Big trees, strange plants and even deer tracks became props in an outdoor nursery last week when the Palisades-Malibu YMCA offered parents and their small children one of a series of Nursery Nature Walks scheduled for areas of the Santa Monica Mountains.
Guides DeAnn Rushell, Judy Burns, Harriet Bennish and Andrea Pokono led a contingent of mothers and fathers, who pushed strollers or carried babies in backpacks, up a mountain trail in Temescal Canyon north of Sunset Boulevard.
Toddlers were encouraged to touch the leaf of the sycamore tree, to feel its velvety smoothness. They were shown how to crush the blossoms of the mountain lilac to make a soapy, cleansing paste.
Sycamores grow near water and, even during the dry season, a thirsty hiker can tap through its bark and extract potable water, docent Burns explained.
The Chumash Indians shampooed their hair with the sudsy product of the mountain lilac, she added. Parents craned anxiously to better identify the
poisonous castor bean plant. They carefully skirted the three-leafed poison sumac, more commonly known as poison oak.
A 2-year-old boy giggled as he leaned into a stand of rye grass, letting its fronds tickle his neck. Burns noted that rye grass is only one of many edible grasses in the local mountains. Another is buckwheat, she said.
The hikers paused to look at the tracks of deer and wild cats. Guides identified Indian tobacco, black walnut trees, nasturtiums ("they're edible," one noted), and the California sequoia.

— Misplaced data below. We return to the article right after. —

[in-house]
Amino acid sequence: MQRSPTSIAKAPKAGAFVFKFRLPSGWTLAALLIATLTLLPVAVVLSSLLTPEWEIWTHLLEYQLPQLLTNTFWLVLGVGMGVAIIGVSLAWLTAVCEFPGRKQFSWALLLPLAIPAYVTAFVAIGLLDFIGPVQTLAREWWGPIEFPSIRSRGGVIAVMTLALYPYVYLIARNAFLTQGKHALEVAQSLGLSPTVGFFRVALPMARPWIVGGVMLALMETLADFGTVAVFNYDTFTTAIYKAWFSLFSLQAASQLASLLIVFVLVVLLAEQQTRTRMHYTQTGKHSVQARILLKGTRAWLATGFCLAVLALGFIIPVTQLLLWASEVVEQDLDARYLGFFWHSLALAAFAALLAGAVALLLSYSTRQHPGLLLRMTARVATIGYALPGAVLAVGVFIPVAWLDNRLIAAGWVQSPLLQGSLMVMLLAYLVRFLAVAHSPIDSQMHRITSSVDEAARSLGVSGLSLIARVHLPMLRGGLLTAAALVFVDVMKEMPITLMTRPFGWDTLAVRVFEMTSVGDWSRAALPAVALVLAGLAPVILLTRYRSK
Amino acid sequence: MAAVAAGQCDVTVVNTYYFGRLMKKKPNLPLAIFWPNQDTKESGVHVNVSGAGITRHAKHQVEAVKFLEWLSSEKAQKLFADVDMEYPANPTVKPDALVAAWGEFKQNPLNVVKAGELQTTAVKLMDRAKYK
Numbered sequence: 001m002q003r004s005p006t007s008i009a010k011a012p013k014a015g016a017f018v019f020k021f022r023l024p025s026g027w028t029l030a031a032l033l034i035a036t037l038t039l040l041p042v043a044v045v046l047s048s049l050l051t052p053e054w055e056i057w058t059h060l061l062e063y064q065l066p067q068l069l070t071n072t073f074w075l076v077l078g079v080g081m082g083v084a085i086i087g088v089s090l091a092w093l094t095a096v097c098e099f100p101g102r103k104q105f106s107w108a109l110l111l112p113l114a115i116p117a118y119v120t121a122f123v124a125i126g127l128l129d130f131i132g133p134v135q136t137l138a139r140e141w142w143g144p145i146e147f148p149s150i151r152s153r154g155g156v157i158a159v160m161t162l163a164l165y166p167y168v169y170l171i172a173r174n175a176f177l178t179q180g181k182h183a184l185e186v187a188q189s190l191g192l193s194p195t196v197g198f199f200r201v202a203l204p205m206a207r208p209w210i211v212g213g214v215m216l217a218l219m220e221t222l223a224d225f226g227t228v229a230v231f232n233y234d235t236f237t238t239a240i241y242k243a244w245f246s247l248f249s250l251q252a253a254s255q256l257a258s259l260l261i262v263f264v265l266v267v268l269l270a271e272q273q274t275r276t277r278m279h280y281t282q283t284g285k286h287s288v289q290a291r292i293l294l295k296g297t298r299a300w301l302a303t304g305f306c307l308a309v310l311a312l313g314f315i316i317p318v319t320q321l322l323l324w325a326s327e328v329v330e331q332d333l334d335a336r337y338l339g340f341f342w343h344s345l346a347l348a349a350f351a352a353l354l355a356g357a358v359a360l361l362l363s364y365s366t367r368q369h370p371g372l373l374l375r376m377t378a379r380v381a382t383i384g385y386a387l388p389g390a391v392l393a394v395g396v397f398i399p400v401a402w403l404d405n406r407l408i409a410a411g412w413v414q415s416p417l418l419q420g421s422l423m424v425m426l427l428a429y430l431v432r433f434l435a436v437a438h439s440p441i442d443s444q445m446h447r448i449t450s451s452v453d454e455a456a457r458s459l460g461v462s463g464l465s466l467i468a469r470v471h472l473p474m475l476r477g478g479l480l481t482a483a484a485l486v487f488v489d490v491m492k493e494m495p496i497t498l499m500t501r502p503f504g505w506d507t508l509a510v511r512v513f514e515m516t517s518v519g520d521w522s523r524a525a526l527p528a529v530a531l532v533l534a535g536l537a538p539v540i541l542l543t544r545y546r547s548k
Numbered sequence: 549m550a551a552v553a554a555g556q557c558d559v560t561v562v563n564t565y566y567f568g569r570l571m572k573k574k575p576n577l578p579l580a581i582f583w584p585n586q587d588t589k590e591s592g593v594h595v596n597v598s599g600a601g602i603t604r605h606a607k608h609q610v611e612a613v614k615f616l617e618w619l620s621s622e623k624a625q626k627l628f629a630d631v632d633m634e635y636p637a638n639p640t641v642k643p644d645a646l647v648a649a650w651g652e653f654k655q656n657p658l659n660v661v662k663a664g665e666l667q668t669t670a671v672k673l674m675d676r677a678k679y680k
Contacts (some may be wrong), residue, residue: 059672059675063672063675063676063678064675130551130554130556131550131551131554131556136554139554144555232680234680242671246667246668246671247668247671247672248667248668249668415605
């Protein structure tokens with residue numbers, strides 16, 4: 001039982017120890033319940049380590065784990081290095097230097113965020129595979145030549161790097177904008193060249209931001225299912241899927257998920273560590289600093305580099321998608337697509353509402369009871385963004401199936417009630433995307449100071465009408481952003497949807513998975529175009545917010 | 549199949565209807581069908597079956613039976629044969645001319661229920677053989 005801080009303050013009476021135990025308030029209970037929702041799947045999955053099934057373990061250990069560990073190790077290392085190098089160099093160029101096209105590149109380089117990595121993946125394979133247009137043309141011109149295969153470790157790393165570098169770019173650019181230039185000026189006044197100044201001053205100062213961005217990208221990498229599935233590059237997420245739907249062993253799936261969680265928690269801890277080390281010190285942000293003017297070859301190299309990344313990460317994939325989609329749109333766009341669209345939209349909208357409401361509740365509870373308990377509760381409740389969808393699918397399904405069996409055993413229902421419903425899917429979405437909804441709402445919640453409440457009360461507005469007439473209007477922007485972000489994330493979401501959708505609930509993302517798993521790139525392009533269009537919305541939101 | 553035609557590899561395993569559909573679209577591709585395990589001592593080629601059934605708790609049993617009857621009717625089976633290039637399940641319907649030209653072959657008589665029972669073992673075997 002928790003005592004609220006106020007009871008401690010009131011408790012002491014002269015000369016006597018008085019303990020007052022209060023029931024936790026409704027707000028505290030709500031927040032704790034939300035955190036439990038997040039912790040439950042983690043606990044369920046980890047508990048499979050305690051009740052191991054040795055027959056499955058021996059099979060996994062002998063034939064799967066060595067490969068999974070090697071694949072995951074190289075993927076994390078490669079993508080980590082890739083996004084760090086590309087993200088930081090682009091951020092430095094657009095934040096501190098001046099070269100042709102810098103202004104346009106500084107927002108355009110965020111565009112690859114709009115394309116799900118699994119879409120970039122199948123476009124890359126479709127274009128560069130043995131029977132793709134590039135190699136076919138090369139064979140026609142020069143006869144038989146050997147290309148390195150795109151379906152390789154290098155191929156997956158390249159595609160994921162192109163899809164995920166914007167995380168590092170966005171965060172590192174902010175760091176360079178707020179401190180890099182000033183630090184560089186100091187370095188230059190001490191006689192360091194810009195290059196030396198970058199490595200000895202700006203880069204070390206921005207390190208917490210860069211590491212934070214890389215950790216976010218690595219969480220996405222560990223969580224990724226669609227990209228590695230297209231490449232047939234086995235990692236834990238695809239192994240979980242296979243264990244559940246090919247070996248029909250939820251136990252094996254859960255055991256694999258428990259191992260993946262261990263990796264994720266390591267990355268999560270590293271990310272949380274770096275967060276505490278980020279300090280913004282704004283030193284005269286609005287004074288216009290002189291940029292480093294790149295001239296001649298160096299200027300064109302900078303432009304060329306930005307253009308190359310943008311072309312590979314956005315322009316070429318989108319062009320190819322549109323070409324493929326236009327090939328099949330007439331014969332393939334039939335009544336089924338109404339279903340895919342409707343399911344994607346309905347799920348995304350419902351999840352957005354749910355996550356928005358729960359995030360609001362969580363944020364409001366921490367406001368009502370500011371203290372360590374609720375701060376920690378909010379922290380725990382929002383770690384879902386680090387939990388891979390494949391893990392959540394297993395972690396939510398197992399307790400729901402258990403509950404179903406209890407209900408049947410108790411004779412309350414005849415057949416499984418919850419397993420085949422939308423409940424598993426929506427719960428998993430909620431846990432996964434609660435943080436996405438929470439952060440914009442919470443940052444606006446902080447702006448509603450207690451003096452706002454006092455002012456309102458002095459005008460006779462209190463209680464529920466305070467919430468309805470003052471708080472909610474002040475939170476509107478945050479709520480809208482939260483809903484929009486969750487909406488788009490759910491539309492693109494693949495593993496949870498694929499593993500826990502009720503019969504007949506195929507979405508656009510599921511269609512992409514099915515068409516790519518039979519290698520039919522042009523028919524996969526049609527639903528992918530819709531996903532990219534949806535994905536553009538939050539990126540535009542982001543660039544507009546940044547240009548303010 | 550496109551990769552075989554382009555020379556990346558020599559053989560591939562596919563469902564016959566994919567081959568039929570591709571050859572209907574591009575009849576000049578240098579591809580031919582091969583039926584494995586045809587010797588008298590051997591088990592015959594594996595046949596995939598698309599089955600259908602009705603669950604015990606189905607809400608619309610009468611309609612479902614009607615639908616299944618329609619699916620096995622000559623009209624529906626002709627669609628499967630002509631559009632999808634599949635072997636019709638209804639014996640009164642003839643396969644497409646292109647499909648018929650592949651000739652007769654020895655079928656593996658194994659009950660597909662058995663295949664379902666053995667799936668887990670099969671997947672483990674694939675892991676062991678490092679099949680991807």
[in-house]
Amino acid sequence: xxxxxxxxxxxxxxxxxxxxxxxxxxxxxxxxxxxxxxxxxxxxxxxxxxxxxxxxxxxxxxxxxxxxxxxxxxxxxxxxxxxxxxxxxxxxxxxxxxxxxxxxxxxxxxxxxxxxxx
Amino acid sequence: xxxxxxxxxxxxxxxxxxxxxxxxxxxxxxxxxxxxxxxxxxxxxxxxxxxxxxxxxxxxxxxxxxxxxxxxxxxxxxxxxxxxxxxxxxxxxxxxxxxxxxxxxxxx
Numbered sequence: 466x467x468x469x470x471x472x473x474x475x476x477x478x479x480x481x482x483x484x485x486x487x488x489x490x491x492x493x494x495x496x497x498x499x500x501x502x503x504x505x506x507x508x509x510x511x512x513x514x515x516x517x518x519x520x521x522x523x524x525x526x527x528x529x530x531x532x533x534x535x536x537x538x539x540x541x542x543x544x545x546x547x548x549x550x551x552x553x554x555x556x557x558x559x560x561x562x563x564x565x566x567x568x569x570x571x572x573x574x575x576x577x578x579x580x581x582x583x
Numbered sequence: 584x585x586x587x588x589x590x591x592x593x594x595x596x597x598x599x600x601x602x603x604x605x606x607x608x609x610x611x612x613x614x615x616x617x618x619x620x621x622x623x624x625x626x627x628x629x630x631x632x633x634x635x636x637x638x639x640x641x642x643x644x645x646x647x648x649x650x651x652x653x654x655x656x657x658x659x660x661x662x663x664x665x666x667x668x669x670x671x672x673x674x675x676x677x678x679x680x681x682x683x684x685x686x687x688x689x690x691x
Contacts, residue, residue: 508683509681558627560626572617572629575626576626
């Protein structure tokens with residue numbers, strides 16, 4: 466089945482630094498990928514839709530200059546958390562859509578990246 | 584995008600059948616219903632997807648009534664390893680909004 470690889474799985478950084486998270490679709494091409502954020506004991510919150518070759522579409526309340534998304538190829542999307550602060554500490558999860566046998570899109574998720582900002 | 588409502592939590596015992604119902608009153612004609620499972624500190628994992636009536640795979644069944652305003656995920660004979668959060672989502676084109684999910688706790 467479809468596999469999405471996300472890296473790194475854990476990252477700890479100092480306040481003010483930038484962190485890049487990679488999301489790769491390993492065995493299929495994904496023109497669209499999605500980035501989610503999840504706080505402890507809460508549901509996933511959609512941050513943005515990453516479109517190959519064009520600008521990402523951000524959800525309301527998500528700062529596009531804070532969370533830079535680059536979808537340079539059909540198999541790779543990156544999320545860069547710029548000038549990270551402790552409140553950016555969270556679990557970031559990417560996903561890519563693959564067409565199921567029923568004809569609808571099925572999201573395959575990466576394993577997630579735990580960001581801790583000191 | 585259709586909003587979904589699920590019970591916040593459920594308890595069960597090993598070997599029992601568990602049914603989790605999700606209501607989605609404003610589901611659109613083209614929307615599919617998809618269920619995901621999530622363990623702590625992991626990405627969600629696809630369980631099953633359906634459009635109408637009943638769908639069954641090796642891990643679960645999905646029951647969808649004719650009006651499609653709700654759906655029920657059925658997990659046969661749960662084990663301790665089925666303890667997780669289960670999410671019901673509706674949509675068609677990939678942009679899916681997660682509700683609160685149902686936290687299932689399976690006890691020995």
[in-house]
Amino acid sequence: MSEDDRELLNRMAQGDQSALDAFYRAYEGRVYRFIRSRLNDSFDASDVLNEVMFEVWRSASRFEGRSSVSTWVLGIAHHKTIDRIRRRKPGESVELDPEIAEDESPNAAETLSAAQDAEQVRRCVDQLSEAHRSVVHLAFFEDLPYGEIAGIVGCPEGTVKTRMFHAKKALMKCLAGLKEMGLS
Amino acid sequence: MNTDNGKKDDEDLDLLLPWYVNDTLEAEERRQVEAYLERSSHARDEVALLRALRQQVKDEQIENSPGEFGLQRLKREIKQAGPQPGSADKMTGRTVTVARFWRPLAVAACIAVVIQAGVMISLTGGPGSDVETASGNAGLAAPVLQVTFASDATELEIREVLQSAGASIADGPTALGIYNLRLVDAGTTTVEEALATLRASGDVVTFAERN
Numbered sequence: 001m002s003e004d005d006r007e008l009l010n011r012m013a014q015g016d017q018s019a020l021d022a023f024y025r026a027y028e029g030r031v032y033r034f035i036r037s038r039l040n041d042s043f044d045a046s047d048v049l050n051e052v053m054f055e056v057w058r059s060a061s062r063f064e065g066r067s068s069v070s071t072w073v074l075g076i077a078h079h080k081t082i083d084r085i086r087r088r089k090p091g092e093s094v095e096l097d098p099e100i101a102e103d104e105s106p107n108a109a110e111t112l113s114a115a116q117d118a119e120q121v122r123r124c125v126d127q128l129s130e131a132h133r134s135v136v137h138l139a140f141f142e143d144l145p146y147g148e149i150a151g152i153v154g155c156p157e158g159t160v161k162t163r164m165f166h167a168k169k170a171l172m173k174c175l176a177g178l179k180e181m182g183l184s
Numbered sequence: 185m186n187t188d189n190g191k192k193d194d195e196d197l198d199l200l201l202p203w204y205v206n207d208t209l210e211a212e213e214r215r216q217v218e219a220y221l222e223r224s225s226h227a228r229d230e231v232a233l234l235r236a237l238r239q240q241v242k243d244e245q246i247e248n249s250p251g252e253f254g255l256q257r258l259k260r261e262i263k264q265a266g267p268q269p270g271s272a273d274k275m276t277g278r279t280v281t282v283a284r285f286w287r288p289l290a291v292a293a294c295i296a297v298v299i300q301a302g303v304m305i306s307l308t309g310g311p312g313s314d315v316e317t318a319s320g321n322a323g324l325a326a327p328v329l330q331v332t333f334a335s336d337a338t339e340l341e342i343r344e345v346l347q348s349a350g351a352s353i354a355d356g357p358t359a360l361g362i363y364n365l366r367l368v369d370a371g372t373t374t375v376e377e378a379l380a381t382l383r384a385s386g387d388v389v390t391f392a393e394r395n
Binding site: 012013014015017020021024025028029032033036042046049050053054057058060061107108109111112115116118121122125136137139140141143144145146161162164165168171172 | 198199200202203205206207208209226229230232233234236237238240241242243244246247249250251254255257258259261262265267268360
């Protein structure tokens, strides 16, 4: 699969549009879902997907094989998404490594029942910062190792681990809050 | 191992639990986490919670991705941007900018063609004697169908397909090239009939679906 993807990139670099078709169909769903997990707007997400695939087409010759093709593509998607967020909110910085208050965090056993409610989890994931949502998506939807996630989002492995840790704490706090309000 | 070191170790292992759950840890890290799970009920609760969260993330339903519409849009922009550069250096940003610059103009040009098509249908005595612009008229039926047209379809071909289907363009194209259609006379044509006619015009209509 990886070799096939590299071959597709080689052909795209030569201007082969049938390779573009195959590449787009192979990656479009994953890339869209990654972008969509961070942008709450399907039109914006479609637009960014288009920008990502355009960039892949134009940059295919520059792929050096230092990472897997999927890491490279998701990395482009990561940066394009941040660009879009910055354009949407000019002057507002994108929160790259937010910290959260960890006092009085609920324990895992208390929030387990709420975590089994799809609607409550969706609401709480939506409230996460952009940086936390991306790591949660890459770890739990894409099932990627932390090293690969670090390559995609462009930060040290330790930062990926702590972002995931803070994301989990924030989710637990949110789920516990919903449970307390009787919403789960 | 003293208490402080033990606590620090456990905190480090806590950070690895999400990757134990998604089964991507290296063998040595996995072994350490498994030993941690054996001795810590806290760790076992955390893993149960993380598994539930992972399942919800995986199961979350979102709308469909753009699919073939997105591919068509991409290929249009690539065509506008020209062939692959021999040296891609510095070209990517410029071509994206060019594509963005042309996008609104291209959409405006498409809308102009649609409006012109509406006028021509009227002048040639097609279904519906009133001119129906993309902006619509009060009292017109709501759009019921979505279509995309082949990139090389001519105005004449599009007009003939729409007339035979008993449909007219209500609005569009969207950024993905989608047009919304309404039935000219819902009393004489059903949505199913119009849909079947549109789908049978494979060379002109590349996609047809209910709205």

Rushell plucked a leaf from a laurel bush."This is a bay leaf. Smell it. You use it in cooking and it's good for keeping moths out," she said.
Benish, who initiated the nursery nature walks after her 2-year-old daughter, Jessica, was born, cautioned parents about the high grass, warning them that it sometimes hides rattle snakes.
The Nursery Nature Walks are led by YMCA staff and volunteers who have undergone eight weeks training, which includes early childhood development, infant/toddler cardiopulmonary resuscitation, geology, ecology, plants, animals, insects, poisonous plants, first aid and interpretive techniques. The training is conducted by experts in the various fields.
Walks are held in Will Rogers State Park, Malibu, Temescal and other locations in the Santa Monica Mountains. Programs are also planned for the Santa Susana and San Gabriel Mountains and the Verdugo Hills.
Inquiries about time and location of walks and of new docent training classes can be made by contacting the Palisades-Malibu YMCA, 821 Via de la Paz, or calling 213-454-5591.